3 years

Form & Reform

The Road to Redemption

Bibek Debroy is an economist and member of the NITI Aayog. He is the author of Mahabharata in 10 volumes
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There is only one way to build the future

I SUSPECT THE EXPRESSION ‘Yellow Brick Road’ will remind most people today of various songs, rather than the Oz novels. The Seventh Schedule has three lists—Union, Concurrent and State. Entry 23 in the Union List says, ‘Highways declared by or under law made by Parliament to be national highways.’ Entry 13 in the State List states, ‘Communications, that is to say, roads, bridges, ferries, and other means of communication not specified in List I…’ At the Union Government level, there is a Ministry of Road Transport and Highways. But one should remember there are several kinds of roads: National Highways, State Highways, other Public Works Department (PWD) roads (like District Roads), rural roads (built by panchayats or under the Jawahar Rozgar Yojana or Pradhan Mantri Gram Sadak Yojana or PMGSY), urban roads (built by local bodies and municipalities) and project roads (like those built by Border Roads Organisation). Therefore, when one sees a figure on road construction, one should check what it covers. All too often, we are obsessed with National Highways. These highways account for only around 1.8 per cent of India’s road length. More than 70 per cent of roads are rural roads. Depending on your favourite Oz novel, there was more than one Yellow Brick Road. Depending on your favourite Oz novel again, the Yellow Brick Road was often in a state of disrepair.

There is a hierarchy of roads. An Imperial Gazetteer was authored in the first part of the 20th century: in 1908 to be precise. This said, ‘With the constitution of a suitable organization to look after the business of road-building and maintenance, a methodical classification of existing and future roads became necessary, and all roads are now classed as follows:– Class I. Metalled. (a) With bridges or ferries, and drained throughout. (b) Partially bridged and drained. Class II. Unmetalled. (a) With bridges or ferries, and drained throughout. (b) Partially bridged and drained. Class III. Banked and surfaced, but not drained. Class IV. Banked, but not surfaced: partially bridged and drained. Class V. Cleared, and partially bridged and drained. Class VI. Cleared only. Most of the Class I (a) roads, and some of the others, have avenues of trees planted along them; and although it is no longer necessary to build chaukidari huts on the main routes, it is usual to provide rest-houses and sarais for travellers along all roads on which the amount of traffic justifies the expenditure.’ Our present classifications draw on those little bits of history. In 1927-28, there was an Indian Road Development Committee, chaired by MR Jayakar. The Jayakar Committee’s recommendations led to the setting up (in 1934) of the Indian Roads Congress (IRC), the apex body of highways engineers. In 1943, a conference of the chief engineers of all the states was held in Nagpur and this led to the Nagpur Plan for road development between 1943 and 1963. The Jayakar Committee had implicitly thought of a multi-layered network of roads, main roads and feeder roads. The Nagpur Plan endorsed this and made the implicit classification explicit: a) National Highways; b) State Highways; c) major district roads; d) minor district roads; and e) village roads. This is what we still follow.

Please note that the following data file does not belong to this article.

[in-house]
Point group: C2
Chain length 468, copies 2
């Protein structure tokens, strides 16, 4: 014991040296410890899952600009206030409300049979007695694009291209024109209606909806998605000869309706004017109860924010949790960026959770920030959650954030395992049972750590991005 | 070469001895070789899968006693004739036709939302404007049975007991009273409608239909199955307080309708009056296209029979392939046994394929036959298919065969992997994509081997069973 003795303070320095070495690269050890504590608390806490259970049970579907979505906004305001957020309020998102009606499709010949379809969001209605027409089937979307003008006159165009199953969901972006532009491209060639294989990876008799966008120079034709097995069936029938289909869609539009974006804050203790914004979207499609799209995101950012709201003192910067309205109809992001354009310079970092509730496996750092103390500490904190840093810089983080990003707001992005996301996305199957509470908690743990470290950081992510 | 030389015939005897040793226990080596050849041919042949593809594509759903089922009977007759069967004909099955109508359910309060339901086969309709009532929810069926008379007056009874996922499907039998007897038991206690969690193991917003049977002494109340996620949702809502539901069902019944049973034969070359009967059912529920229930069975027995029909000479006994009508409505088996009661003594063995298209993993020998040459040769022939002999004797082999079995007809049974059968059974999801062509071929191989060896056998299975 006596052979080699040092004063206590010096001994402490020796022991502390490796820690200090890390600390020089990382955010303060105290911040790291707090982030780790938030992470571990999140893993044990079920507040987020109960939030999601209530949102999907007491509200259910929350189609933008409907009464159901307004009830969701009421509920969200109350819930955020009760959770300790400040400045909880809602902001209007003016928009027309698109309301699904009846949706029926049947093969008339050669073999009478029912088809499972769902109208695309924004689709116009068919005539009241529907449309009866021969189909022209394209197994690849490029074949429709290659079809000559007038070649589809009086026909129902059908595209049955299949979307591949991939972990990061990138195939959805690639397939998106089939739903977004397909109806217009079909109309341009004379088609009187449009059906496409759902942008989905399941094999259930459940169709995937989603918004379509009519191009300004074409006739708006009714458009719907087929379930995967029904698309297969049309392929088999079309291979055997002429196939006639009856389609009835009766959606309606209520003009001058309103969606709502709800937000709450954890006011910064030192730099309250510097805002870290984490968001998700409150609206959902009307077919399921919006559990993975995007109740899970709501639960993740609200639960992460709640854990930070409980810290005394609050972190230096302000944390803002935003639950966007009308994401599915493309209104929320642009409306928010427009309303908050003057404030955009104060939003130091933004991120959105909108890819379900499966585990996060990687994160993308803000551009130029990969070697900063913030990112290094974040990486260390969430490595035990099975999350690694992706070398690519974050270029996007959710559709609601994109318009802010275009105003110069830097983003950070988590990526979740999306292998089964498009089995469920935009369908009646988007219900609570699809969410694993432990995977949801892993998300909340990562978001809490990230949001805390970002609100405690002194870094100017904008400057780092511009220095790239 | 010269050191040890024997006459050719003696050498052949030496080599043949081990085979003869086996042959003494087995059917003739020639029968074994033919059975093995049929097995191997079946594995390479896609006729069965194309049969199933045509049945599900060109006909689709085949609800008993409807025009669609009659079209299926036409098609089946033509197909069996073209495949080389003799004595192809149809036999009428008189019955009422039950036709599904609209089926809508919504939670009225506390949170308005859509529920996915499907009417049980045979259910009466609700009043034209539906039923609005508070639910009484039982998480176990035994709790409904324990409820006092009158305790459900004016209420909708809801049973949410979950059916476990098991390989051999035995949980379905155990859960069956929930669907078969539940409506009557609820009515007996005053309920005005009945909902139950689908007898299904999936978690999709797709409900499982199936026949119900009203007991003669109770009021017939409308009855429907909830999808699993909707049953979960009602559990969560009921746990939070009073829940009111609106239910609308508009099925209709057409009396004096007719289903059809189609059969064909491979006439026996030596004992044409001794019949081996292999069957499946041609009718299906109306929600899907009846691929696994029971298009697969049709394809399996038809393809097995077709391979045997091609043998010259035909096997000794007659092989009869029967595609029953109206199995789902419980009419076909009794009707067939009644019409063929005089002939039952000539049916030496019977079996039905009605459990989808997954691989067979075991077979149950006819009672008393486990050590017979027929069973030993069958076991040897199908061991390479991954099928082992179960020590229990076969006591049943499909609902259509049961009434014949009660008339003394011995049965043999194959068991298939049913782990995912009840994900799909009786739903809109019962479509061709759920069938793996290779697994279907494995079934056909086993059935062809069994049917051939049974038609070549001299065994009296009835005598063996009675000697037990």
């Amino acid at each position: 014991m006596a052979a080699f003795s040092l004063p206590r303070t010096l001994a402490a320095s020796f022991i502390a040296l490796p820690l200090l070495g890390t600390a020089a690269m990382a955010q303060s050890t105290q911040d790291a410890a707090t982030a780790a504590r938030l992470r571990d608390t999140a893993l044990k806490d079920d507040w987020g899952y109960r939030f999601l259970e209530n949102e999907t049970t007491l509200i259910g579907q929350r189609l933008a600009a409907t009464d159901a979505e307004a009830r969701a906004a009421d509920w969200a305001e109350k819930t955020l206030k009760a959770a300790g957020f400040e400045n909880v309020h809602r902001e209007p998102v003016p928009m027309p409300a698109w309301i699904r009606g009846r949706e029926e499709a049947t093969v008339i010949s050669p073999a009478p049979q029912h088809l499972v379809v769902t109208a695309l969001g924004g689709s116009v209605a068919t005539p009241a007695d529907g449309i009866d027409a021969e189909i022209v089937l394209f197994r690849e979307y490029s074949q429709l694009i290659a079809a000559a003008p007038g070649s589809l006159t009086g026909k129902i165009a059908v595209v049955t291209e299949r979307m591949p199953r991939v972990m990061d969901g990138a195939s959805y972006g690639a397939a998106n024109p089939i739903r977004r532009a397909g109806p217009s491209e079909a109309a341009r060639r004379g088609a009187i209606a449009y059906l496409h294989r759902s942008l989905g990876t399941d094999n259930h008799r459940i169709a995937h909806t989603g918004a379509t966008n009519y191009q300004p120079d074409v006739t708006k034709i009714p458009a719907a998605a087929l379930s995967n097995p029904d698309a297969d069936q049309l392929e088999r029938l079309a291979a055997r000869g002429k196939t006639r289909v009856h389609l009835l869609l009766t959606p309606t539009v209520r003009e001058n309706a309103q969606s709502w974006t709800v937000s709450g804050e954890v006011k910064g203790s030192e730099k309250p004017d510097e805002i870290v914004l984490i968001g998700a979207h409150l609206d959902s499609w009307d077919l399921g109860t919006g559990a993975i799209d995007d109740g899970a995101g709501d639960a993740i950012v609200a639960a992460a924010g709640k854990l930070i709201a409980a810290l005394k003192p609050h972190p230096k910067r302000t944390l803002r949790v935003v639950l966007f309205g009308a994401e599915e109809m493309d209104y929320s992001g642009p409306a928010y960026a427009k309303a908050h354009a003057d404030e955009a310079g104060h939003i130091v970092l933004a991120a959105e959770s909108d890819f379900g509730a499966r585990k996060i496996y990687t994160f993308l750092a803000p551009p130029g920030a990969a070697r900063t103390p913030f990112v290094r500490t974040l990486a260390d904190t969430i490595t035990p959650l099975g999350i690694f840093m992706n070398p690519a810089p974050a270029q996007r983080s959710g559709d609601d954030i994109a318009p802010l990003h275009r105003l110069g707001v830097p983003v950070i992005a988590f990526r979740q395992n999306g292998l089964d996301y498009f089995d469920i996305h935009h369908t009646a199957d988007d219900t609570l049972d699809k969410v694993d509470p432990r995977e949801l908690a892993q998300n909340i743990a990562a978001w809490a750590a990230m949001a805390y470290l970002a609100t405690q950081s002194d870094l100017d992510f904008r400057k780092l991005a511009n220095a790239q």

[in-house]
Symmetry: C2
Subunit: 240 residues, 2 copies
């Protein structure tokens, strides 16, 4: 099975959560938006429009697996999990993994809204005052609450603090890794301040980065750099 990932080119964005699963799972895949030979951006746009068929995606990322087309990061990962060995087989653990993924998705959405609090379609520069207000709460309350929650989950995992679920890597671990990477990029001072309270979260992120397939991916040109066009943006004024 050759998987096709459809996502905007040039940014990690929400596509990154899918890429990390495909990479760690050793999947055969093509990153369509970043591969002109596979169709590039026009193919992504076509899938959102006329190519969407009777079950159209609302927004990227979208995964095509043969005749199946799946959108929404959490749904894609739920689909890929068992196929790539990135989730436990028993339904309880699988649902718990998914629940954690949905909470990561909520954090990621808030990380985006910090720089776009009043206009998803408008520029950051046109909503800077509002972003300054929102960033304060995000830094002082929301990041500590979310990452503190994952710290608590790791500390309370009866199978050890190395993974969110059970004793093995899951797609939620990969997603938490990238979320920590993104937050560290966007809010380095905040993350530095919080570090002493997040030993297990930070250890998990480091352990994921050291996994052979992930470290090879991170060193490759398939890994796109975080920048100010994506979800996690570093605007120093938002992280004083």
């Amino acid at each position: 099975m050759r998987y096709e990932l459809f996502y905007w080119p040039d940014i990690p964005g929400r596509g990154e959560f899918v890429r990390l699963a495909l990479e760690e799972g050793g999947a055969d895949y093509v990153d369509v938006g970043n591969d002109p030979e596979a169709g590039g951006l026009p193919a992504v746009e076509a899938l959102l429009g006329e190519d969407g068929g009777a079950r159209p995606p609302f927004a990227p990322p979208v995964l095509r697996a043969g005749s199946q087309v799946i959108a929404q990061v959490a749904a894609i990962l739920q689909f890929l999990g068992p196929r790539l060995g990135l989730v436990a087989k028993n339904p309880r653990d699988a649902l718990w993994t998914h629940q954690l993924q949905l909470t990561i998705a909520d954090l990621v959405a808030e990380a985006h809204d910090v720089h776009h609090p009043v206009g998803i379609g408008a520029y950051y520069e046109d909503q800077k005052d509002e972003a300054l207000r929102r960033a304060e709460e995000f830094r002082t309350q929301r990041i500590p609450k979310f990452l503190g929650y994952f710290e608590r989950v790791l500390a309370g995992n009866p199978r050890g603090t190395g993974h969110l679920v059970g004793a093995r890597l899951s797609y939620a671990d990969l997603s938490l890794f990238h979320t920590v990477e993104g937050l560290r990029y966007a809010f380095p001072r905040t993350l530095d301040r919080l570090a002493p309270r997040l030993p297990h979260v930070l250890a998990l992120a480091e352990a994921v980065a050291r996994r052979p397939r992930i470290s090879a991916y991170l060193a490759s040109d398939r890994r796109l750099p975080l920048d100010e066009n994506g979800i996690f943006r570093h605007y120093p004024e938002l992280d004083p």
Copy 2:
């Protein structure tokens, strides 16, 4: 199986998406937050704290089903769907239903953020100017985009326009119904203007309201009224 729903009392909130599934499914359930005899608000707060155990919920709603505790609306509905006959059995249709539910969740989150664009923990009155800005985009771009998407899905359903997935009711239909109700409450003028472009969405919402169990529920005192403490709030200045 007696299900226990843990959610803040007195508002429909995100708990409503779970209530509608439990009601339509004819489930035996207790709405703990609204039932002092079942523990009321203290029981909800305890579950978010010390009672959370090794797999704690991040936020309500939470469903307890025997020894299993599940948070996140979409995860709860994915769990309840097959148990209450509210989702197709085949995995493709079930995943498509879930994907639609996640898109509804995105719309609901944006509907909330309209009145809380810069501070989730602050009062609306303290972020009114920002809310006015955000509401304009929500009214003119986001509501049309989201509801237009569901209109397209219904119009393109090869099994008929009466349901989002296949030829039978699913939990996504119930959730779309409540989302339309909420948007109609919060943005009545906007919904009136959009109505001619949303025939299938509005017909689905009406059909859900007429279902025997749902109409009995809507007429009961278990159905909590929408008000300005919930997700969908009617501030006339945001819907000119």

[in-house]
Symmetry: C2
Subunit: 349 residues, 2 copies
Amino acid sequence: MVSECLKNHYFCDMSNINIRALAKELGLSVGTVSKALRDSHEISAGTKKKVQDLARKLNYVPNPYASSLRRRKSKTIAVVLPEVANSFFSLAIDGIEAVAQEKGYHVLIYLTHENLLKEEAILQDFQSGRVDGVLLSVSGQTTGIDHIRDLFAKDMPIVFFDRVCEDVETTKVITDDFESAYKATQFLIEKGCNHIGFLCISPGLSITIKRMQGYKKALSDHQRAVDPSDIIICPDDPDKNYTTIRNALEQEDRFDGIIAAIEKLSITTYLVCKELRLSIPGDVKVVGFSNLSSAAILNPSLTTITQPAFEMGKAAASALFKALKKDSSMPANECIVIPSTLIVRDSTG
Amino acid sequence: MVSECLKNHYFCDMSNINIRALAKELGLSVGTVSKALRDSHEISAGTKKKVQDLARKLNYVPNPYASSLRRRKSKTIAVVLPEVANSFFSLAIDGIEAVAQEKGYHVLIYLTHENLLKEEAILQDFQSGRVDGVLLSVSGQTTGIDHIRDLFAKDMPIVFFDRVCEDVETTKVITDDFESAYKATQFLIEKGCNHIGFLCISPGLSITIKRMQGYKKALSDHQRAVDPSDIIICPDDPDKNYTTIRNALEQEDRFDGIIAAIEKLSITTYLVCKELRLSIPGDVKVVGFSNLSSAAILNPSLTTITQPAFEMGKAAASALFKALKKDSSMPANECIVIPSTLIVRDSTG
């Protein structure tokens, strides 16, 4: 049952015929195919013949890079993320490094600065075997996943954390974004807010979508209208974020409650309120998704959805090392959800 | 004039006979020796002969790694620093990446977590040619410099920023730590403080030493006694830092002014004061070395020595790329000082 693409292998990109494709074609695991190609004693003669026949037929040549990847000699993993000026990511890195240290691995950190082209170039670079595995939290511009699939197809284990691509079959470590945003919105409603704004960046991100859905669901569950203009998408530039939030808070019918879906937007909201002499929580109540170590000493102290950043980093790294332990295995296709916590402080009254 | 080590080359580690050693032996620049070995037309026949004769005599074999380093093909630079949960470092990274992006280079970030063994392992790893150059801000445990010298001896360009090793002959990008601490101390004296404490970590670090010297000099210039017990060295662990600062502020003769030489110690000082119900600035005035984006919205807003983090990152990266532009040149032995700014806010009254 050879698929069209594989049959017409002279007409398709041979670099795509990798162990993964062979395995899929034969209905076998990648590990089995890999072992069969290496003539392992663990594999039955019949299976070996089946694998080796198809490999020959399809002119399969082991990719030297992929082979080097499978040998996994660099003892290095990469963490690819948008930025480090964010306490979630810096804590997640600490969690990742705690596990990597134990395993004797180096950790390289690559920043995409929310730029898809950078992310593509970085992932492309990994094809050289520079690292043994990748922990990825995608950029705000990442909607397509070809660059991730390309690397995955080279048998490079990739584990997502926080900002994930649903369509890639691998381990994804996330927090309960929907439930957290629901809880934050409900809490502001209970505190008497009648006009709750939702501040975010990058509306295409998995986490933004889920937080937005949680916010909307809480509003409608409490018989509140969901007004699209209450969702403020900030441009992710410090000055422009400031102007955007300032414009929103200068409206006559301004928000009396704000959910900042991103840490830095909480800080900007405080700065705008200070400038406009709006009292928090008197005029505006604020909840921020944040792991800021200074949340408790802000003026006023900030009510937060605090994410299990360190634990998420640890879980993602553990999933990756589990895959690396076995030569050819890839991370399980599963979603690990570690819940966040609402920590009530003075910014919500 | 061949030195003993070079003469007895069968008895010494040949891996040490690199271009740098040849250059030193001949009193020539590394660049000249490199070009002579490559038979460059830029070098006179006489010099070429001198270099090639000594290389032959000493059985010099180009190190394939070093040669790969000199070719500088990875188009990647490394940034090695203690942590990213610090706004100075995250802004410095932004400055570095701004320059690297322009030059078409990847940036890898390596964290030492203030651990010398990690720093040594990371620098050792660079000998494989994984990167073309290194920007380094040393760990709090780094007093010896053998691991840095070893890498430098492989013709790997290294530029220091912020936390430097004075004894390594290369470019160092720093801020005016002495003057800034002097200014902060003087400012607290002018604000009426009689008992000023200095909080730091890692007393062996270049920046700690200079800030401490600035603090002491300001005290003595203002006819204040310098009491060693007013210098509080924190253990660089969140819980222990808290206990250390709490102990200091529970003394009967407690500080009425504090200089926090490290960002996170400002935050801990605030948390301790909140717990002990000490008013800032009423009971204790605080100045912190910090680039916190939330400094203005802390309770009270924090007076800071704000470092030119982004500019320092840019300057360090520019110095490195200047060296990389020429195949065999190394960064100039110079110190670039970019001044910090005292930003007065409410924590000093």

However, states are keen that more and more roads be declared National Highways. Under Section 5 of the National Highways Act, the responsibility for development and maintenance then shifts to the Central Government. Land acquisition is also easier under the National Highways Act. Section 2 of the National Highways Act of 1956 states: ‘(1) Each of the highways specified in the Schedule is hereby declared to be a national highway. (2) The Central Government, may, by notification in the Official Gazette, declare any other highway to be a national highway and on the publication of such notification such highway shall be deemed to be specified in the Schedule. (3) The Central Government may, by like notification, omit any highway from the Schedule and, on the publication of such notification, the highway so omitted shall cease to be a national highway.’ The Union Government can add to the list and also subtract from it. There have been no subtractions I know of, but plenty of additions. But the importance of National Highways has just inched up to 1.8 per cent from around 1.5 per cent. That 1.8 per cent figure is for 2015, not later. I mentioned various categories of roads: National Highways, State Highways, other PWD roads, rural roads (like those under PMGSY), urban roads and project roads. Other than National Highways and PMGSY roads, there are time lags in gathering data. When the Government declares a road construction figure, it is likely to be for National Highways and PMGSY roads. Therefore, before reacting to a number, it is important to check what it covers. Incidentally, back in 1951, almost 5 per cent of India’s roads were National Highways.